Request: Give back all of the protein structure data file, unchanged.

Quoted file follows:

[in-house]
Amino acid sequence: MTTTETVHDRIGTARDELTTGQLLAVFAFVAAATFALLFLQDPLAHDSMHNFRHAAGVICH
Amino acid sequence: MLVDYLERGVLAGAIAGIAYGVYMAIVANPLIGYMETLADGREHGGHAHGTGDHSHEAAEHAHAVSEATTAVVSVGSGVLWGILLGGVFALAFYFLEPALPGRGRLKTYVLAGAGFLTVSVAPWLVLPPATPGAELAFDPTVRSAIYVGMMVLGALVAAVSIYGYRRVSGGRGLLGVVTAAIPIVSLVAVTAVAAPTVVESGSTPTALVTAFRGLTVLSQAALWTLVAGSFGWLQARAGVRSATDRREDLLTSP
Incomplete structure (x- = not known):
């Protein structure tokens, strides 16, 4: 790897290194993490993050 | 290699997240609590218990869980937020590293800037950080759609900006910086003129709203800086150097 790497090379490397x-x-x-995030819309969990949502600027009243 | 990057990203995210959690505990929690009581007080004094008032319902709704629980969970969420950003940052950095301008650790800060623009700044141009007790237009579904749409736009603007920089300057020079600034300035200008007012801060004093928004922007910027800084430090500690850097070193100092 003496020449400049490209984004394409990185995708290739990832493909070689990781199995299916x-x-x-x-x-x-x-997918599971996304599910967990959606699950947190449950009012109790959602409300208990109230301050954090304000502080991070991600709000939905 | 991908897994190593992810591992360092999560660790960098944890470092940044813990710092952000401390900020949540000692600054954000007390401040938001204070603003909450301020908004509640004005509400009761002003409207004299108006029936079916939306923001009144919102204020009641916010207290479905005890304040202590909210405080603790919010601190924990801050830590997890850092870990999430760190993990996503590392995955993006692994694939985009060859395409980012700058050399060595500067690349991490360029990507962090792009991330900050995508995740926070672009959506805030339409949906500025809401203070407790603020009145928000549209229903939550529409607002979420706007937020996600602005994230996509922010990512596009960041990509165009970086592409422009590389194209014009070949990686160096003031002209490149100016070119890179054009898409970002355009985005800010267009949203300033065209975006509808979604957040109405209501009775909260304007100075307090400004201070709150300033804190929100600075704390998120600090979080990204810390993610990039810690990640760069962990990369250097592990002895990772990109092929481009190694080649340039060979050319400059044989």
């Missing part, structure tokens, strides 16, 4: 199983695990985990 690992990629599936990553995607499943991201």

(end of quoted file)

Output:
[in-house]
Amino acid sequence: MTTTETVHDRIGTARDELTTGQLLAVFAFVAAATFALLFLQDPLAHDSMHNFRHAAGVICH
Amino acid sequence: MLVDYLERGVLAGAIAGIAYGVYMAIVANPLIGYMETLADGREHGGHAHGTGDHSHEAAEHAHAVSEATTAVVSVGSGVLWGILLGGVFALAFYFLEPALPGRGRLKTYVLAGAGFLTVSVAPWLVLPPATPGAELAFDPTVRSAIYVGMMVLGALVAAVSIYGYRRVSGGRGLLGVVTAAIPIVSLVAVTAVAAPTVVESGSTPTALVTAFRGLTVLSQAALWTLVAGSFGWLQARAGVRSATDRREDLLTSP
Incomplete structure (x- = not known):
């Protein structure tokens, strides 16, 4: 790897290194993490993050 | 290699997240609590218990869980937020590293800037950080759609900006910086003129709203800086150097 790497090379490397x-x-x-995030819309969990949502600027009243 | 990057990203995210959690505990929690009581007080004094008032319902709704629980969970969420950003940052950095301008650790800060623009700044141009007790237009579904749409736009603007920089300057020079600034300035200008007012801060004093928004922007910027800084430090500690850097070193100092 003496020449400049490209984004394409990185995708290739990832493909070689990781199995299916x-x-x-x-x-x-x-997918599971996304599910967990959606699950947190449950009012109790959602409300208990109230301050954090304000502080991070991600709000939905 | 991908897994190593992810591992360092999560660790960098944890470092940044813990710092952000401390900020949540000692600054954000007390401040938001204070603003909450301020908004509640004005509400009761002003409207004299108006029936079916939306923001009144919102204020009641916010207290479905005890304040202590909210405080603790919010601190924990801050830590997890850092870990999430760190993990996503590392995955993006692994694939985009060859395409980012700058050399060595500067690349991490360029990507962090792009991330900050995508995740926070672009959506805030339409949906500025809401203070407790603020009145928000549209229903939550529409607002979420706007937020996600602005994230996509922010990512596009960041990509165009970086592409422009590389194209014009070949990686160096003031002209490149100016070119890179054009898409970002355009985005800010267009949203300033065209975006509808979604957040109405209501009775909260304007100075307090400004201070709150300033804190929100600075704390998120600090979080990204810390993610990039810690990640760069962990990369250097592990002895990772990109092929481009190694080649340039060979050319400059044989």
């Missing part, structure tokens, strides 16, 4: 199983695990985990 690992990629599936990553995607499943991201």